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Jewish Student Center Takes Shape in Lancaster, Pa.

Jewish Student Center Takes Shape in Lancaster, Pa.

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Nathaniel Moldoff, left, and friends from Franklin and Marshall College gather around the Sabbath table at the home of Rabbi Elazar and Shira Green.
Nathaniel Moldoff, left, and friends from Franklin and Marshall College gather around the Sabbath table at the home of Rabbi Elazar and Shira Green.

When Nathaniel Moldoff went to college, he naturally sought out the school’s Chabad House. In fact, an active Chabad-Lubavitch center was one of his criteria for applying to Franklin and Marshall College in Lancaster, Pa.

These days, the sophomore holds a student board position at the Rohr Chabad Jewish Center directed by Rabbi Elazar and Shira Green. It’s a leadership role that lets him watch the construction of the center’s new building up close.

Moldoff reports that the new center’s main room is in decent shape, but there’s still a ways to go to convert the building’s shell into a multipurpose space that can host everything from a Harry Potter-themed Sabbath dinner to Torah classes, holiday celebrations, and inspiring lectures.

Right now, the Greens do it all from their house, packing in scores of students every week for meals and classes.

“It’s very nice and homey now, but it’ll be nice to have more space to grow in the future,” says Moldoff, adding that he looks forward to seeing it become a hangout for students to connect, study and enjoy.

The new building, which was purchased with the help of the Rohr Family Foundation, Franklin and Marshall alumni and students’ parents, needs extensive structural repairs, so the Greens have turned to the nearby Lancaster Yeshiva Center for help.

“They’re looking for a project to do and we have a project to be done, so it’s a win-win situation,” says the rabbi. “They’re learning the trade of commercial construction on our Chabad House.”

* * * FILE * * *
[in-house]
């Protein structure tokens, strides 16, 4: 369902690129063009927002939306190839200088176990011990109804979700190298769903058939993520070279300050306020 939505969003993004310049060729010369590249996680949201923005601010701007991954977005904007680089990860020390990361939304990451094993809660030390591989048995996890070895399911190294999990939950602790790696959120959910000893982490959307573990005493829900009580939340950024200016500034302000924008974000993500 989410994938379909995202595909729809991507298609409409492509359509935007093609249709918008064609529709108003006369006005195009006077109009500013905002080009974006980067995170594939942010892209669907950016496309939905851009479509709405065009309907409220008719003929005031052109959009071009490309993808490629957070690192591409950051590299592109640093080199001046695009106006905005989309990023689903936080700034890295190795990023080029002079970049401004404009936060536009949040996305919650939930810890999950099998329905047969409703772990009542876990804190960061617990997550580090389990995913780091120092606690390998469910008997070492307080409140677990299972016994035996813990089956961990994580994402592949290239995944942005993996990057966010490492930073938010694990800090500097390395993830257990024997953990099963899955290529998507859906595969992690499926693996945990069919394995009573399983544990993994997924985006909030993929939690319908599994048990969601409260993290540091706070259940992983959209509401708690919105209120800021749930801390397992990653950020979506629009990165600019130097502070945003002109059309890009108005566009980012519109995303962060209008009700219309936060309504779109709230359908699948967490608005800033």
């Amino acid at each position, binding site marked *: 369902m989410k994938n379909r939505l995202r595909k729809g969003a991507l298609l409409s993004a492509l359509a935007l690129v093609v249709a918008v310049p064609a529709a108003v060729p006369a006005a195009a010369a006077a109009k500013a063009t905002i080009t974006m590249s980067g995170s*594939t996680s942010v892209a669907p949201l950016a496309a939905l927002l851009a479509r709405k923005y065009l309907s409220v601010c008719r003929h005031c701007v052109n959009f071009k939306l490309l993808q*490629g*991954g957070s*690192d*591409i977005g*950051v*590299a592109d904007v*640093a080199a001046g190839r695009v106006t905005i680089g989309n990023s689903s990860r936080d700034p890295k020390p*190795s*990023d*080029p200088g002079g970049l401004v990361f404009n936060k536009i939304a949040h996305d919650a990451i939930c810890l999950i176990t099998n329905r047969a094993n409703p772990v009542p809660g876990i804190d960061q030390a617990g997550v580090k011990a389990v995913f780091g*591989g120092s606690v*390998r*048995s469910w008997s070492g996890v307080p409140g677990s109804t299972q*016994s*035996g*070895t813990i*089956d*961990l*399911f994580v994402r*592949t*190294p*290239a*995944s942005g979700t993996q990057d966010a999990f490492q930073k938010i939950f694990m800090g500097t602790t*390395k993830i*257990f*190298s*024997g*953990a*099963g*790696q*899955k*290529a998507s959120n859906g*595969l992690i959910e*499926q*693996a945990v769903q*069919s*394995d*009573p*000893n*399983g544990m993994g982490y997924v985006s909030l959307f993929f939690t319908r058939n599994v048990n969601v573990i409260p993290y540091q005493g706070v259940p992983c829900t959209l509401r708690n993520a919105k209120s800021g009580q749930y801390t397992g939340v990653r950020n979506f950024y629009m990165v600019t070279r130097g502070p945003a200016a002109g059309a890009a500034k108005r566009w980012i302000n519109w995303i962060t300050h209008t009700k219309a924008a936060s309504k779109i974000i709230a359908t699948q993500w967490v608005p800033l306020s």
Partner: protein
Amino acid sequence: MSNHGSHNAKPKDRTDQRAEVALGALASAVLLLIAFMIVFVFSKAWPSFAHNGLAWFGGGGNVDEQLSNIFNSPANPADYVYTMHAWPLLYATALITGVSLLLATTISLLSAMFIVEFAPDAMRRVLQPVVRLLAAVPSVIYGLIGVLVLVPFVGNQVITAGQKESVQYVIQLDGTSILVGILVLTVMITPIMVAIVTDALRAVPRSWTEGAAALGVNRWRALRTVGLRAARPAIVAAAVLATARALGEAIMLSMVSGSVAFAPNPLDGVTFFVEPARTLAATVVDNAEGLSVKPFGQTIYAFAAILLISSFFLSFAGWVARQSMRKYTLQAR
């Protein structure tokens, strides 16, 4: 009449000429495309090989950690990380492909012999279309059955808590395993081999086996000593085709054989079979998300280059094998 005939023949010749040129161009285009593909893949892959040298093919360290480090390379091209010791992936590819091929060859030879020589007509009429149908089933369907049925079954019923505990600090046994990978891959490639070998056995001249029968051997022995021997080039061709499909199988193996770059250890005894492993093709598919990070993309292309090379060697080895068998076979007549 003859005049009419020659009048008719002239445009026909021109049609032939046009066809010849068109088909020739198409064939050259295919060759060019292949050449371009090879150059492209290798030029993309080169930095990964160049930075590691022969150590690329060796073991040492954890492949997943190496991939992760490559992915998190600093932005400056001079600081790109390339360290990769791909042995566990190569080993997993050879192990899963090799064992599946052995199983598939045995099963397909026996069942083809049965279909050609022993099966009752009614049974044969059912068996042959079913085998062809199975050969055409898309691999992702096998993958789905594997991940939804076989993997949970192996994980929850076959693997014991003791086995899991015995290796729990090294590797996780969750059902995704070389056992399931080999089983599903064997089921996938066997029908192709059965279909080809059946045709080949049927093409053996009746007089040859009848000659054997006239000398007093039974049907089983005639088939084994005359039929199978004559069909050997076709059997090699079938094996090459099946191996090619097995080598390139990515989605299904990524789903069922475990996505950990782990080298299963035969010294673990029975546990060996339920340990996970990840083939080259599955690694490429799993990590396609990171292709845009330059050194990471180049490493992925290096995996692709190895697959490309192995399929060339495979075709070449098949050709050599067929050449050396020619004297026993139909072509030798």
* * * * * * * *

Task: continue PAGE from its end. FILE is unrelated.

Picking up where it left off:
Green knows the yeshiva students and budding contractors well. When he moved to this corner of Central Pennsylvania 10 years ago, he was instrumental in setting up the program, which involved a half-day of commercial construction training and a half day of learning Torah. He went on to focus on the Chabad House activities fulltime, but relishes getting to work with the program again.

“There’s extra energy and enthusiasm being put into the building,” he says. “I think it’s a unique situation where yeshiva students are literally building a Jewish institution. It also provides tremendous value for philanthropic dollars: Every dollar donated helps build the center as well as train yeshiva students in a trade.”

Arthur Weiner, whose daughters Ruth and Gabriella have been part of the Chabad House’s evolution as students, watched and helped the Greens build the Chabad student community from scratch, establishing a beacon for Jewish life in the area. Even though both of the daughters have graduated – Ruth is now in law school and Gabriella finished in May 2011 – Weiner continues to support the Chabad House because of the important work it does.

A student from the Lancaster Yeshiva Center works on remodeling the new home of the Rohr Chabad Jewish Center serving Franklin and Marhsall College.
A student from the Lancaster Yeshiva Center works on remodeling the new home of the Rohr Chabad Jewish Center serving Franklin and Marhsall College.

“We want to nurture our Jewish values,” he says, calling the Greens’ work “critical” to both the memory of the Jewish past and in supplying a bright Jewish future. “We don’t want our kids to forget where they came from.”

Donald Feldman, who serves on the board of directors, says he and his family treasure the Greens. A member of a nearby synagogue who studies with Elazar Green, he considers the rabbi both a neighbor and a friend.

“They’ve had a very positive impact on the community,” says Feldman.

He calls the expansion a necessary project for students.

“It’ll provide a gathering place for the students at Franklin and Marshall, a place where they can go and socialize with other Jewish students,” he says. “The Greens are very welcoming to guests, but there’s a limit to what they can do in their home. This can be a dedicated building for the use of the students and the community.”

When asked about the opening date for the new center, Green responds with a smile.

“Thank G‑d, we have made significant progress, but we still have a ways to go,” he says. “We hope to be open for the next semester, but in this economy, it may take longer to finish the project.”



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